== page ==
About a decade ago, Goa was rocked by an illegal arms dealing racket. Sixteen persons, all alleged to be part of an inter-state gang, were arrested and over two-dozen mostly imported arms were seized along with ammunition. Some of these arms were ‘pen-pistols’ (guns in the shape and size of a fountain pen) – a novelty at the time.

According to the then Deputy Inspector General of Police Karnal Singh, Goa at that time was being used as a centre for buying and selling arms of different makes, including imported ones.

The police got a lead to the racket after arresting a fellow named Joeboy from Panjim, who was believed to be involved in illegally settling real estate disputes. An arms repairer, Bhalchandra Chari, who has since passed away, was said to be the man behind making the pen pistols, a few of which were sold to some prominent Goan citizens, subsequent police investigations revealed.

Police officials acknowledged privately to Streets that surveillance for illegal possession of arms or trade has limped back to leniency, with so much time passing since that decade-old episode.

“It’s only when incidents like the one in Baga last Saturday where a shooting takes place that our antennas go up,” says a DySP ranked officer who did not wish to be identified. He admitted that illegal arms possession is “quite prevalent” in Goa but did not elaborate.

Statistics of cases booked under the Arms Act for illegal possession of guns were not readily available. But a senior official of the Goa Police’s reader’s branch, which is responsible for keeping records and statistics, revealed that over a dozen cases are booked on an average every year.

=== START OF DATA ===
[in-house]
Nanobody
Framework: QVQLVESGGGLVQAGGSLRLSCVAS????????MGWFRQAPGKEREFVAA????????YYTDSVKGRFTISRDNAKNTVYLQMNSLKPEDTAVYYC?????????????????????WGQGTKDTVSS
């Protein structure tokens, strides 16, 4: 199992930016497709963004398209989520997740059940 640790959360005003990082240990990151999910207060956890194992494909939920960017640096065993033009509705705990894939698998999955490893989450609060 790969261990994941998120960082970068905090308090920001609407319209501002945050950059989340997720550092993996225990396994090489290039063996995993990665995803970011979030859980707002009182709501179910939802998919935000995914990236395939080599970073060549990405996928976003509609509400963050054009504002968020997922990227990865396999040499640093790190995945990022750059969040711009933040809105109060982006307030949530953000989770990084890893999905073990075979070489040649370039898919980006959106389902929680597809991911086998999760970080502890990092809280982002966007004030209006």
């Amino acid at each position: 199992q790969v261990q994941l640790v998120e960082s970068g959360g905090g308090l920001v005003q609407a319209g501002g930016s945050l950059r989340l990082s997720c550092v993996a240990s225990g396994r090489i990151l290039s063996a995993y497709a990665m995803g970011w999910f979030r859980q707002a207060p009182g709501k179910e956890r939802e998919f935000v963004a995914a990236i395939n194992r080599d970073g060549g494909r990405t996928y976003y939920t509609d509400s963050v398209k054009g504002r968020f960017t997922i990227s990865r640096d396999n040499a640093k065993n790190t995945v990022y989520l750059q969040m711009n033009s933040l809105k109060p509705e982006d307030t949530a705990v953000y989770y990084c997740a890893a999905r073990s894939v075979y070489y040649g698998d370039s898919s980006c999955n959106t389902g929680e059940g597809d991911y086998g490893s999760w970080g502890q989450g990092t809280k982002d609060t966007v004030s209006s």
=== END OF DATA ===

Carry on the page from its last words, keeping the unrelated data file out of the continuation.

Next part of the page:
Interestingly, the Goa police themselves have recently upped the quantity and quality of weapons in their own armoury and have become only the third state in India to possess sub-machine guns and pistols of US make.

Their Quick-reaction Team and Commandos will now go about their job armed with the Colt M4 CQB sub-machine guns, which have a 251 mm barrel, a folding front sight and an upper receive. It is designed for use in close quarter combat and fires up to 800 rounds in a minute.. The Goa police have acquired 50 of these guns. Another new acquisition in the Goa police armoury is the Glock pistol, which allows quick fire and does not need any safety device to be operated externally. Around 100 of these will be given to policemen deployed for the security of VIPs and VVIPs in Goa.

Former Inspector General of Police Sundari Nanda had initiated the process of acquiring the Colts and Glocks about a year ago. She has now transferred out of the state, but her move was seen as an attempt to update the police armoury, adding an undeniable edge to the force which two years ago had already acquired nearly 550 AK-47s.

Unfortunately, the growing presence of guns in Goa may mean the police will need these weapons more than ever.